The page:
Linda’s interest in art at an early age was inspired by several artistically talented family members, especially a favorite cousin who went on to become an accomplished art director. She says, “I remember being awed by watching him work and then seeing the finished product. His room/studio with many brushes, paints, equipment and completed artwork is still fresh in my memory. My earliest art classes were taken at The Newark Museum where I was able to spend Saturdays in the beautiful garden experimenting with various media.”

In her adulthood, Linda took painting classes and workshops (mostly in oils) in Livingston and Jupiter, Florida. She has exhibited at the Jupiter Lighthouse Art Center where she volunteers and sells art and has also exhibited at the Summit Art Center, in Livingston art shows and at the Morris County Library.

Her current exhibit highlights the concept of simple pleasures bringing life's greatest joys. The framed paintings include enjoying lovely gardens; laundry day in the country; evenings of music and visiting with friends, and memorable scenic moments. The medium is oil; the paintings were completed during the past three years, both in Livingston and Jupiter, with much of the work being done in her home studio.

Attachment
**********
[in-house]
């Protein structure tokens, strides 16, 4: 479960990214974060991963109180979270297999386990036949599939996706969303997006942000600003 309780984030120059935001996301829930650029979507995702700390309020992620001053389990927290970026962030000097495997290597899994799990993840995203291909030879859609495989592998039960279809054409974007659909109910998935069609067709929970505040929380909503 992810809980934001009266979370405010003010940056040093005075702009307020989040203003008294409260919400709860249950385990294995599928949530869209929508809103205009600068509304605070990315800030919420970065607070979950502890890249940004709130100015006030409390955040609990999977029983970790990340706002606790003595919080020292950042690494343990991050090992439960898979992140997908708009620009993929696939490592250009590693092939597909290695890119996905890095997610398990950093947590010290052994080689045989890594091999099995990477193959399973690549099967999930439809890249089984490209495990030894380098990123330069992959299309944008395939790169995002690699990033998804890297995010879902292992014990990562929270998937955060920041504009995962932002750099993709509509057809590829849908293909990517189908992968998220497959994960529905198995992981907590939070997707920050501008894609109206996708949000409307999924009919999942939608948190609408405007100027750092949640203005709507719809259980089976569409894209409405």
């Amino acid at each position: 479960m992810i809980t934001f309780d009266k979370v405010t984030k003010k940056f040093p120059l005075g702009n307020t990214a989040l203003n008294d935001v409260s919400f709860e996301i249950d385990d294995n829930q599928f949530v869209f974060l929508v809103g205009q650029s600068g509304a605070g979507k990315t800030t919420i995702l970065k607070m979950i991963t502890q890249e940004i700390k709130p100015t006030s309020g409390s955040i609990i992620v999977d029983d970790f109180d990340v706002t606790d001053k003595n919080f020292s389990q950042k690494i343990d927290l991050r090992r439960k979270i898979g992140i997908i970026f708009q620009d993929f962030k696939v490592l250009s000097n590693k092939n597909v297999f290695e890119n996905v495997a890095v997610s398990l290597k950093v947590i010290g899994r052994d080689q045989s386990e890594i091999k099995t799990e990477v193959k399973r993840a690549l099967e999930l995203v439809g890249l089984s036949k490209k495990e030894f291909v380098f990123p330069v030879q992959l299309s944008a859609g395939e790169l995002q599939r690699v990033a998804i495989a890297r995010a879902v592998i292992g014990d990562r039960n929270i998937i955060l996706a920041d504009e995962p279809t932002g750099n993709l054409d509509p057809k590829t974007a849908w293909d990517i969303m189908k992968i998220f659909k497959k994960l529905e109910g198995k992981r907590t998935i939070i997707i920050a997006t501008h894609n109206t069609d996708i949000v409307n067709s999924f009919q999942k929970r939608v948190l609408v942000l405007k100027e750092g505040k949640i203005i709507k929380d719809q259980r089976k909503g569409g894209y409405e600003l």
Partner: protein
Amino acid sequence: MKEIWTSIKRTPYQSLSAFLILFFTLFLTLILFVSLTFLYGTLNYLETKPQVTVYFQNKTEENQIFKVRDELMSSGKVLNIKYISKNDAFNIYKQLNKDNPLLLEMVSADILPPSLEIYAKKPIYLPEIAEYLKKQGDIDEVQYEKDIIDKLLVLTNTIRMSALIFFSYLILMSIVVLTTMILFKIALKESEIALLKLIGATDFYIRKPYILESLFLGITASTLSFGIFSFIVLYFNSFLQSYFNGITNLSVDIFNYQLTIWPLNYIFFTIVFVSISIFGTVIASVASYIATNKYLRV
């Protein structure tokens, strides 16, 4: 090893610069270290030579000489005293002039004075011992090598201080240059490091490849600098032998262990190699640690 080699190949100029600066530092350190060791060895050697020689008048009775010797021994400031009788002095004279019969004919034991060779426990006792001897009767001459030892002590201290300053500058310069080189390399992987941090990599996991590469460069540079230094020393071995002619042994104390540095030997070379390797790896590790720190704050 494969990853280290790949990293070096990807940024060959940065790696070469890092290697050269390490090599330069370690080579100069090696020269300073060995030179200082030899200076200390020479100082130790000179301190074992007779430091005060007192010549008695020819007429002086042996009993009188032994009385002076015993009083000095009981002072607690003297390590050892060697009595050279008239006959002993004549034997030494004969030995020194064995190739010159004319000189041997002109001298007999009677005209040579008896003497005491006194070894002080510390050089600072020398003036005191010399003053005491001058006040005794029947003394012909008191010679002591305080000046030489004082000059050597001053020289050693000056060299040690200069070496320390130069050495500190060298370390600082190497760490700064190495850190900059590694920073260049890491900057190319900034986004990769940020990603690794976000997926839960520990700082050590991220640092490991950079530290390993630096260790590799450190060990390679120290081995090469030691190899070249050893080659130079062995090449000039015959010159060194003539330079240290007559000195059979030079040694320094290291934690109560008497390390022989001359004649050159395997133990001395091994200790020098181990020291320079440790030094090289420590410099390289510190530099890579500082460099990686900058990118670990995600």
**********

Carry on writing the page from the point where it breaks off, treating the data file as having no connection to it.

Linda’s vibrant and colorful art on display can be enjoyed through July 30th.

  The Library’s display case features some delightful art work done by students at the Rae Kushner Yeshiva High School in Livingston, NJ.    The pieces were selected from various projects that were done this year by all the four high school classes. Media used vary from charcoal drawing to pencil drawing, water color painting, tempera painting, ink painting, pen and ink, mosaic paper tiles and mock stained glass.    Brief descriptions of some of the art projects of which sample pieces are in the exhibit:   Students studied work by MC Escher and from his famous eye drawing, did renderings of their own eye using a mirror, drawing pencils, stomps, kneaded erasers, gum erasers and their new skills.    In a nod to Marc Chagall, students chose a theme from nature and created "mock stained glass" using tissue paper, cello paper, glue, mod podge, and sharpies on Lucite boards.    Displayed are some contour drawings of students’ shoes by using ink. The contour drawings were enhanced by using hatching and cross hatching techniques to give the feeling of depth, texture and dimension.    Students created a collage based on their own traits and identifying with animals that have these traits. They made a creature by incorporating at least 3 different animals. The next project was to render the creature in pencil to make it look believable and then to paint the same creature on canvas using acrylic paints.    Also displayed are works in acrylics, pieces following Japanese ink painting techniques, drawings of sea shells “from life”, and “song” inspired works.